- 1993 American Express Grandslam
- 1994 American Express Grandslam
- 1995 Liberty Mutual Legends of Golf (with Mike Hill)
- 1996 Liberty Mutual Legends of Golf (with Mike Hill), Australian PGA Seniors' Championship
- 2000 Liberty Mutual Legends of Golf – Legendary Division (with Mike Hill)
- 2003 ConAgra Foods Champions Skins Game
Major championships 
Wins (6) 
|Year||Championship||54 Holes||Winning Score||Margin||Runner(s)-up|
|1968||U.S. Open||1 shot deficit||−5 (69–68–69–69=275)||4 strokes||Jack Nicklaus|
|1971||U.S. Open (2)||4 shot deficit||E (70–72–69–69=280)||Playoff 1||Jack Nicklaus|
|1971||The Open Championship||1 shot lead||−14 (69–70–69–70=278)||1 stroke||Lu Liang-Huan|
|1972||The Open Championship (2)||1 shot lead||−6 (71–70–66–71=278)||1 stroke||Jack Nicklaus|
|1974||PGA Championship||1 shot lead||−4 (73–66–68–69=276)||1 stroke||Jack Nicklaus|
|1984||PGA Championship (2)||1 shot lead||−15 (69–68–67–69=273)||4 strokes||Gary Player, Lanny Wadkins|
1 Defeated Jack Nicklaus in an 18-hole playoff – Trevino 68 (−2), Nicklaus 71 (+1).
Results timeline 
|The Open Championship||DNP||DNP||DNP||T34|
|The Open Championship||T3||1||1||T10||T31||T40||DNP||4||T29||T17|
|The Open Championship||2||T11||T27||5||T14||T20||T59||T17||CUT||T42|
|The Open Championship||T25||T17||T39||DNP||CUT||CUT||DNP||DNP||DNP||DNP||CUT|
DNP = did not play
CUT = missed the half way cut
"T" indicates a tied for a place.
Green background for wins. Yellow background for top-10.
Champions Tour major championships 
Wins (4) 
|1990||U.S. Senior Open||−13 (67–68–73–67=275)||2 strokes||Jack Nicklaus|
|1992||The Tradition||−14 (67–69–68–70=274)||1 stroke||Jack Nicklaus|
|1992||PGA Seniors' Championship||−10 (72–64–71–71=278)||1 stroke||Mike Hill|
|1994||PGA Seniors' Championship (2)||−9 (70–69–70–70=279)||1 stroke||Jim Colbert|
- In The Simpsons episode "Marge Be Not Proud", Lee Trevino is spoofed as Lee Carvallo in hosting a game called Lee Carvallo's Putting Challenge. Trevino had a similar game called Lee Trevino's Fighting Golf, which was released in 1988 for the Nintendo.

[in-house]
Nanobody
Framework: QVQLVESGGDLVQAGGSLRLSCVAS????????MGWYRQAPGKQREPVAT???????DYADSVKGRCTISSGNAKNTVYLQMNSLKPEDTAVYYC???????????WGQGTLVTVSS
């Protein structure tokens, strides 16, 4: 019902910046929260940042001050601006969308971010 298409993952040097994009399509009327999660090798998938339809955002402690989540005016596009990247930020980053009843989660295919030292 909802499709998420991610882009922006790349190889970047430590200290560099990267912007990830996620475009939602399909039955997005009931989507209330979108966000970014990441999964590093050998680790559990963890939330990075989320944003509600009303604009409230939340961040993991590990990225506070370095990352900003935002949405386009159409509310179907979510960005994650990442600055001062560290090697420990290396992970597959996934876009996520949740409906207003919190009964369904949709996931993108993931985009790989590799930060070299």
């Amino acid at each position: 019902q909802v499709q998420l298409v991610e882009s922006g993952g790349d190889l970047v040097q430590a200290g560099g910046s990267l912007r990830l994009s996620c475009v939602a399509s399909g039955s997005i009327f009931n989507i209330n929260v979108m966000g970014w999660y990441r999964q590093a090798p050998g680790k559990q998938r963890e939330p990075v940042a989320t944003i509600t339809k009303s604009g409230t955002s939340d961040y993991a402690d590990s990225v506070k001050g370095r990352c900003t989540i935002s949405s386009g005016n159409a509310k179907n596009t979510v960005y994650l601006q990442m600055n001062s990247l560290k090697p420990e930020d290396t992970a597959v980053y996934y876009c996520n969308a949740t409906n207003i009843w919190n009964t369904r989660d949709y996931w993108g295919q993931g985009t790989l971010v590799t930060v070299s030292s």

- He is the first person known to have played pine cone golf.
- During the 1985-86 NHL season, when Todd Bergen walked out on the Philadelphia Flyers insisting that he would pursue a PGA Tour Career, Flyers manager Bobby Clarke retorted, "Who will I trade [Bergen] for – Lee Trevino?"
U.S. national team appearances 
- Ryder Cup: 1969 (tied), 1971 (winners), 1973 (winners), 1975 (winners), 1979 (winners), 1981 (winners), 1985 (non-playing captain)
- World Cup: 1968, 1969 (winners, individual winner), 1970, 1971 (winners), 1974
See also 
- Hispanics in the United States Marine Corps
- List of golfers with most Champions Tour wins
- List of golfers with most Champions Tour major championship wins
- List of golfers with most PGA Tour wins
- List of men's major championships winning golfers
- Monday Night Golf
Hoobler, Dorothy and Thomas, The Mexican American Family Album. New York: Oxford University Press, 1994.
- Profile at Golflegends
- Kirkpatrick, Curry (December 20, 1971). "Sportsman of the year: a common man with an uncommon touch". Sports Illustrated: 34.
- Jenkins, Dan (July 24, 1972). "Slamming The Door On Jack". Sports Illustrated.
- "Nicklaus Misses Slam As Trevino Wins Open". The News and Courier. July 16, 1972. Retrieved February 15, 2013.
- McDermott, Barry (August 27, 1984). "It's an old man's game after all". Sports Illustrated: 28.
- http://www.pgatour.com/stats/leaders/r/1980/110 PGA Tour
- Yocom, Guy (July 2000). "50 Greatest Golfers of All Time: And What They Taught Us". Golf Digest. Retrieved December 5, 2007.
- http://www.amazon.com/dp/1602390142/ The Gigantic Book of Golf Quotations, ed. Jim Apfelbaum 2007.
- Seitz, Nick (2001). "1971 Ad". Golf Digest.
- Lee Trevino at the PGA Tour official site
- Lee Trevino at the Japan Golf Tour official site
- Lee Trevino at the European Tour official site
- Profile at Golflegends
- Profile at answers.com